Why Men’s Health Week is Only The First Step to Improving the Health of Aussie Blokes

Men's health on a blackboard with a stethoscope

We’ve just celebrated Men’s Health Week. It’s an important initiative that shines the spotlight on men’s health issues and encourages men to take charge of their health and wellbeing. It’s clear that men face different health issues to women and we blokes also have different needs. For starters, we live five years less on average compared to women. This statistic alone is worrying.

The Australian Bureau of Statistics Leading Causes of Death by Gender (2012) shows that the death rate from the main causes of death is usually higher for men than women. In fact, more men die from heart disease, trachea and lung cancer, chronic lower lung disease, colon cancer, leukaemia, diabetes and suicide. Men also experience higher rates of addiction, violence and crime.

Prioritising measures to improve men’s health outcomes is crucial. The National Male Health Policy released in 2010 identified six key areas to focus on. These include optimal health outcomes for men, health equity between population groups of males, improved health for males at different life stages, a focus on preventive health for males, building a strong evidence base on male health and improved access to health care for males. You can see that the focus must be on wellness and not just illness.

What can be done?

It’s clear that men need to start reaching out and discussing their health with their partners, friends and health professionals. The first point of contact should be the GP. The GP is like the head coach of a football club as he/she oversees the general progress of the patient and liaises with other health professionals in the patient’s support network.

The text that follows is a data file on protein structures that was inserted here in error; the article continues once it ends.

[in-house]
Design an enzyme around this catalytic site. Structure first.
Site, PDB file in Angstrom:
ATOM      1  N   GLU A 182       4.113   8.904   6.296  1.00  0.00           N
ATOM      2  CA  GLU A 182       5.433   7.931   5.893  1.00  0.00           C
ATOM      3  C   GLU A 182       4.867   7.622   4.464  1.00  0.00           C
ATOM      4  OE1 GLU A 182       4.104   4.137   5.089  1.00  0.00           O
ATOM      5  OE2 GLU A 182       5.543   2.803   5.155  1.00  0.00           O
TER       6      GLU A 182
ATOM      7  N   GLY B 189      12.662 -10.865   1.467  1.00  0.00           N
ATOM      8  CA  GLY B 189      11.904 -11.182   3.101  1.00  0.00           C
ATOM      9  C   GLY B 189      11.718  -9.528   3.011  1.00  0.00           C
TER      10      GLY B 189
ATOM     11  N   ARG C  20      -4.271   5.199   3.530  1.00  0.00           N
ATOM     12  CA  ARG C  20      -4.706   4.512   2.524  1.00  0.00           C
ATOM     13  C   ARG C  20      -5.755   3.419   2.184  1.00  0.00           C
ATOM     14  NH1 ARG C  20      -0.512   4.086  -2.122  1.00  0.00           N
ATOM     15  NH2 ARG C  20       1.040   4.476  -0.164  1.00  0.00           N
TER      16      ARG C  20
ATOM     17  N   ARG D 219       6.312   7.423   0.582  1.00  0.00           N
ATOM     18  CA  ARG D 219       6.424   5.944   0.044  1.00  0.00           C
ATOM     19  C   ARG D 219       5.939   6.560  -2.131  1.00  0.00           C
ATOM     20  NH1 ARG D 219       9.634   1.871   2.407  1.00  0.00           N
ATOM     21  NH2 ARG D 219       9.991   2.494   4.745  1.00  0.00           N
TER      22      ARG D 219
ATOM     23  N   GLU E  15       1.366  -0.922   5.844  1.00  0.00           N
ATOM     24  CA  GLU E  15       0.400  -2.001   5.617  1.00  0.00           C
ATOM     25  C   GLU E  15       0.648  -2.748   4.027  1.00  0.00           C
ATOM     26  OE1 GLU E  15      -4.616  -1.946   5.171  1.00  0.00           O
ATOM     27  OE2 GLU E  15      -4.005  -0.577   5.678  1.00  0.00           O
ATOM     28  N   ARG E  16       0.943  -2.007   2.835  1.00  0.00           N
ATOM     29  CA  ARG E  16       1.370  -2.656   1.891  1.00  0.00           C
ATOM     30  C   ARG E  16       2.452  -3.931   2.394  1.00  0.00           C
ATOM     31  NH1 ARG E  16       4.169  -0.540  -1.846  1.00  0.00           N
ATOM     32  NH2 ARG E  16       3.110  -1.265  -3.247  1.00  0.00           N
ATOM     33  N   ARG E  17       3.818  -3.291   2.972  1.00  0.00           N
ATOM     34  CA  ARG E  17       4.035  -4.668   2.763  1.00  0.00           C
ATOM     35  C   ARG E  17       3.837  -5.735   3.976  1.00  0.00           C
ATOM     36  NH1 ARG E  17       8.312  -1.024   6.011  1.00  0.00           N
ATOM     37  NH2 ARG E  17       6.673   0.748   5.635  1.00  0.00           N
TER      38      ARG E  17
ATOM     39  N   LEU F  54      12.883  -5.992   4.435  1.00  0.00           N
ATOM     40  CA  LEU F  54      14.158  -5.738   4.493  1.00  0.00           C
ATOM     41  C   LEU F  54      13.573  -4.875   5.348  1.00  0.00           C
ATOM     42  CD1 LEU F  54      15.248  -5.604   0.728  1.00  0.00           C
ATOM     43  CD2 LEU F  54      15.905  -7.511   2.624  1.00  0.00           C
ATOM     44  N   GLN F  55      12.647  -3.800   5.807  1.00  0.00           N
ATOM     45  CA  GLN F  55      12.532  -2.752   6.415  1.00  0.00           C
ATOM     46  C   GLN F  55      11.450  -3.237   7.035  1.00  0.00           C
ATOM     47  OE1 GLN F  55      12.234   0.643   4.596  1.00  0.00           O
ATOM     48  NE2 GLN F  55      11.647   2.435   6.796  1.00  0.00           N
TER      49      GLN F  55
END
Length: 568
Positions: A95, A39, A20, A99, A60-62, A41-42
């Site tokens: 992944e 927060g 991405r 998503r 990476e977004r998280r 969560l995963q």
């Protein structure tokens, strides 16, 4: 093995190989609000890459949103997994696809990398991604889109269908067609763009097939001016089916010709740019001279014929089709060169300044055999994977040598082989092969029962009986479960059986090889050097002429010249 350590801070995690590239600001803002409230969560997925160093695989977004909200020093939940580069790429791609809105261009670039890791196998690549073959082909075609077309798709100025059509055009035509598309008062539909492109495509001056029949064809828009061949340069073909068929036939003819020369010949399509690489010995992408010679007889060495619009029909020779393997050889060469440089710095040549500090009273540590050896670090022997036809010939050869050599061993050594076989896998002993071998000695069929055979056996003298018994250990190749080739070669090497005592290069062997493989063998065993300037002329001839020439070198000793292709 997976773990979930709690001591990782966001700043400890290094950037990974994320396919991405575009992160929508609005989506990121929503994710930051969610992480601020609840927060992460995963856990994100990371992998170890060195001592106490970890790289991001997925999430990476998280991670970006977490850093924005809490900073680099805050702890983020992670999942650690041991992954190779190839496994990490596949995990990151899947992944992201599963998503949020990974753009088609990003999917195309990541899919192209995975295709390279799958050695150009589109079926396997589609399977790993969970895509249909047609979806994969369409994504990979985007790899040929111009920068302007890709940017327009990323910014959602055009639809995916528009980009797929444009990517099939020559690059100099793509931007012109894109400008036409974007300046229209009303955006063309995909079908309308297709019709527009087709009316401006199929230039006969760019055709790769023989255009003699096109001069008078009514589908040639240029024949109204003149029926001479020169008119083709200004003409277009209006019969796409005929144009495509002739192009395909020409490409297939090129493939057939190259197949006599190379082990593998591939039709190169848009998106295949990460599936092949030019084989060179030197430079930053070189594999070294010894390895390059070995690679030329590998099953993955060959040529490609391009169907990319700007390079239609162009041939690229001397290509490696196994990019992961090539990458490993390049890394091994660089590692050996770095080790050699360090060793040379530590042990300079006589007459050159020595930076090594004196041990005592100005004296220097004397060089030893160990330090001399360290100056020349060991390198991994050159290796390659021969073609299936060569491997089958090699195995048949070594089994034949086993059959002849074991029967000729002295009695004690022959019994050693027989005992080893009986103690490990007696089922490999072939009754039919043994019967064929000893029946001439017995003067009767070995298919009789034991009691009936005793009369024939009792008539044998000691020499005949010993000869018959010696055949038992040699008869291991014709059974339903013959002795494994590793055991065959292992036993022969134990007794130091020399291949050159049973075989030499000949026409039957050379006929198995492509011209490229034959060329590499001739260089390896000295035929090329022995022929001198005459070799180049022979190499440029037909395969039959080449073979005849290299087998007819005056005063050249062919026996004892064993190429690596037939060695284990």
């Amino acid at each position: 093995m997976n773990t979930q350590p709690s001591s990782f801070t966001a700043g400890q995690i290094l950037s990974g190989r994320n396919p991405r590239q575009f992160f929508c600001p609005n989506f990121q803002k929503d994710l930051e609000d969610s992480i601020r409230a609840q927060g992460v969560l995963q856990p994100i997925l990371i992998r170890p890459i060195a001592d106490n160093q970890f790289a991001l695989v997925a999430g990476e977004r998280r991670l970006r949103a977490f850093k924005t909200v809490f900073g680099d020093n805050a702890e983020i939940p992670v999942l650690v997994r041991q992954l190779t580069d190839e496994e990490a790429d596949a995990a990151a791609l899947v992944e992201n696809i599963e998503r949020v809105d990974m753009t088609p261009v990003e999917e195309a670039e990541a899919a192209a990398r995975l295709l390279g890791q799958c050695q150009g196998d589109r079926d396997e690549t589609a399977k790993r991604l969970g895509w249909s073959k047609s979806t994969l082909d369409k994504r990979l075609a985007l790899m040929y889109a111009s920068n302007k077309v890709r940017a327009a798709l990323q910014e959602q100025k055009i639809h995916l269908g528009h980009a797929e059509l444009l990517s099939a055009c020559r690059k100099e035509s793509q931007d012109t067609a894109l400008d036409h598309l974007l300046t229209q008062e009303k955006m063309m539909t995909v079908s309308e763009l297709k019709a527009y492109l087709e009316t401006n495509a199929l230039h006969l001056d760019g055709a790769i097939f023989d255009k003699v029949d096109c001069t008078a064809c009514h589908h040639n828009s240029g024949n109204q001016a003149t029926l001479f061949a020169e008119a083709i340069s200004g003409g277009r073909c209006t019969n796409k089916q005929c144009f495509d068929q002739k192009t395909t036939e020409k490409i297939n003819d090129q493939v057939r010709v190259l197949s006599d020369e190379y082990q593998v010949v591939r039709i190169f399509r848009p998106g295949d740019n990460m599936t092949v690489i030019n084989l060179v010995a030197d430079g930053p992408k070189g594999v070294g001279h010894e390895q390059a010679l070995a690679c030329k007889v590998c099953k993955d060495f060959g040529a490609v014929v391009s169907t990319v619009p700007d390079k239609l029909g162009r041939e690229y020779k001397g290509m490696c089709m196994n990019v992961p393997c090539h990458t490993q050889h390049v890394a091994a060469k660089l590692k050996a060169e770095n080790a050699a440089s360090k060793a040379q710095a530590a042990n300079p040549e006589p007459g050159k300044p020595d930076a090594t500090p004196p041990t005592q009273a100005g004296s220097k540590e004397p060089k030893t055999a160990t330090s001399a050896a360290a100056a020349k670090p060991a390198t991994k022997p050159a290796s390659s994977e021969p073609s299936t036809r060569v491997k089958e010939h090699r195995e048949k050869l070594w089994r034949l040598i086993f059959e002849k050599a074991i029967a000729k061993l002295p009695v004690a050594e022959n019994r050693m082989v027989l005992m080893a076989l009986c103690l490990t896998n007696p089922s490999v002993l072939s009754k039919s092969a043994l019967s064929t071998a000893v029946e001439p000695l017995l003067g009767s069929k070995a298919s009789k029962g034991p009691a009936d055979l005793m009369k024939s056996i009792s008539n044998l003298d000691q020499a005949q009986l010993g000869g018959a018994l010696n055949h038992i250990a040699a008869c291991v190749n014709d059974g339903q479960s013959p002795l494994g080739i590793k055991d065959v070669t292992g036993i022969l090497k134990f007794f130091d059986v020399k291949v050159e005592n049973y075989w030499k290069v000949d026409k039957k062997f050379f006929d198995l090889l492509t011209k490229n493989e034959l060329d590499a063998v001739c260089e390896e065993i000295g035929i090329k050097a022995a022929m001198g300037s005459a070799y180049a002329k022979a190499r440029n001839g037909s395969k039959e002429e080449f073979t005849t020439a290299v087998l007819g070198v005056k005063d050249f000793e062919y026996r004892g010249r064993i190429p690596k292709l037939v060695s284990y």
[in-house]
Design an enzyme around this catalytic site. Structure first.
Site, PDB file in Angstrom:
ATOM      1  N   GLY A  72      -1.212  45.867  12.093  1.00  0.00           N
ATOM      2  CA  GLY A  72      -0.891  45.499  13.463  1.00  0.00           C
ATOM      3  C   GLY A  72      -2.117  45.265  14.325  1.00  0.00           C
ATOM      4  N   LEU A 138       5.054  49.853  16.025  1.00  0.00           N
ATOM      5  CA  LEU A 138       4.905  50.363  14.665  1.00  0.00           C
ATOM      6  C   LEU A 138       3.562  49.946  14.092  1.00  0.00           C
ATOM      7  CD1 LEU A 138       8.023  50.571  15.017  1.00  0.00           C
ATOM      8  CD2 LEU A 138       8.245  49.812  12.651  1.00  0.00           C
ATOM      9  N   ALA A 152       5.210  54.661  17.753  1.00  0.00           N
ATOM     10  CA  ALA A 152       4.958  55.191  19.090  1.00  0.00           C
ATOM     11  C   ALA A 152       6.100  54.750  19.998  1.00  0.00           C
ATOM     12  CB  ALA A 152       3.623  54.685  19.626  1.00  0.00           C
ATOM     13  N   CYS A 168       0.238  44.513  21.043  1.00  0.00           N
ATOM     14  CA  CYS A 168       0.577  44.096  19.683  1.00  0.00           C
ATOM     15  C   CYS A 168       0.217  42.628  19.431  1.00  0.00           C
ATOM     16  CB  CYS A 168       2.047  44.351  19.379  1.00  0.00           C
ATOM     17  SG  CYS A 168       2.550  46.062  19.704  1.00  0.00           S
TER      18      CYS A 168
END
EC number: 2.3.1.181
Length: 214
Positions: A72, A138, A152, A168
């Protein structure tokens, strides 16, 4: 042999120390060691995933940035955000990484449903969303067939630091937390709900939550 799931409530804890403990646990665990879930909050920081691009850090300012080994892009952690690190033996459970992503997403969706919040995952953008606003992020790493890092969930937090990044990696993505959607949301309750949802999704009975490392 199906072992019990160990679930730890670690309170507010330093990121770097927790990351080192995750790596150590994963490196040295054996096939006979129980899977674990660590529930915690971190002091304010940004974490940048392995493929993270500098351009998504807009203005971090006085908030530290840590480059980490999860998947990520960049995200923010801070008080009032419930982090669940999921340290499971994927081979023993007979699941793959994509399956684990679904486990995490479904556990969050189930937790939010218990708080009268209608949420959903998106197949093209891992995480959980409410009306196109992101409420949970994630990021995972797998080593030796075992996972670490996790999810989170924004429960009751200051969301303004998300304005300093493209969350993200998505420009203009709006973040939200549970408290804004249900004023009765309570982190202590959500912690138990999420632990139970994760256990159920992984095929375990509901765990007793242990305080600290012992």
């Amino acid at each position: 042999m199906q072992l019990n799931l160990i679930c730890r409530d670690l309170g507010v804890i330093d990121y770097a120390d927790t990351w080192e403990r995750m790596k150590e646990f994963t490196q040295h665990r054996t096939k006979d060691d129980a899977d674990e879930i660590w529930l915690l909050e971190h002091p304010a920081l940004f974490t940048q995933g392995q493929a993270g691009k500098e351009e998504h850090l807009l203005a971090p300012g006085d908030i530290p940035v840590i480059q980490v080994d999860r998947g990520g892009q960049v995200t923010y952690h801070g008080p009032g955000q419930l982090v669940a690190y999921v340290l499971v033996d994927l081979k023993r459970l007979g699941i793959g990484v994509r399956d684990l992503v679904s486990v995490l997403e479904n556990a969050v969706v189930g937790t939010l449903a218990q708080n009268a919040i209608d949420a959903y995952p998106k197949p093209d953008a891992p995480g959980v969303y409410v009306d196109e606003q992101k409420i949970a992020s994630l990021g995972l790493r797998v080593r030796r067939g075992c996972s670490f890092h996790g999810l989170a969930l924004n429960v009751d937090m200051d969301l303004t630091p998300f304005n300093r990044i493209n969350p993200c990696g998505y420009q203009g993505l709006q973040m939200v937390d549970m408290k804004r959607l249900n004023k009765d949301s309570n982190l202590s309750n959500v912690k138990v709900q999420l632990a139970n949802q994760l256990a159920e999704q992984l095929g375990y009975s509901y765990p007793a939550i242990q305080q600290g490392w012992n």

Men should have annual health checks. Just like we take our car to get regularly serviced, it is crucial that we get a regular service too. Cardiovascular disease, diabetes and some cancers can often be picked up in their early stages when treatment is almost always more effective.

In addition, we need health ambassadors to promote men’s health issues. Governments should consider appointing a Men’s Health Minister to oversee community-based projects and national initiatives aimed at improving the lives and health of Aussie men. If men had role models or leaders effectively working in this space, it would encourage men to be more proactive with their health.

Finally, it’s all well and good celebrating Men’s Health Week on an annual basis, but that still leaves 51 weeks of the year when men’s health issues are out of the limelight. And that’s got to change! Let’s get our act together, fellas.

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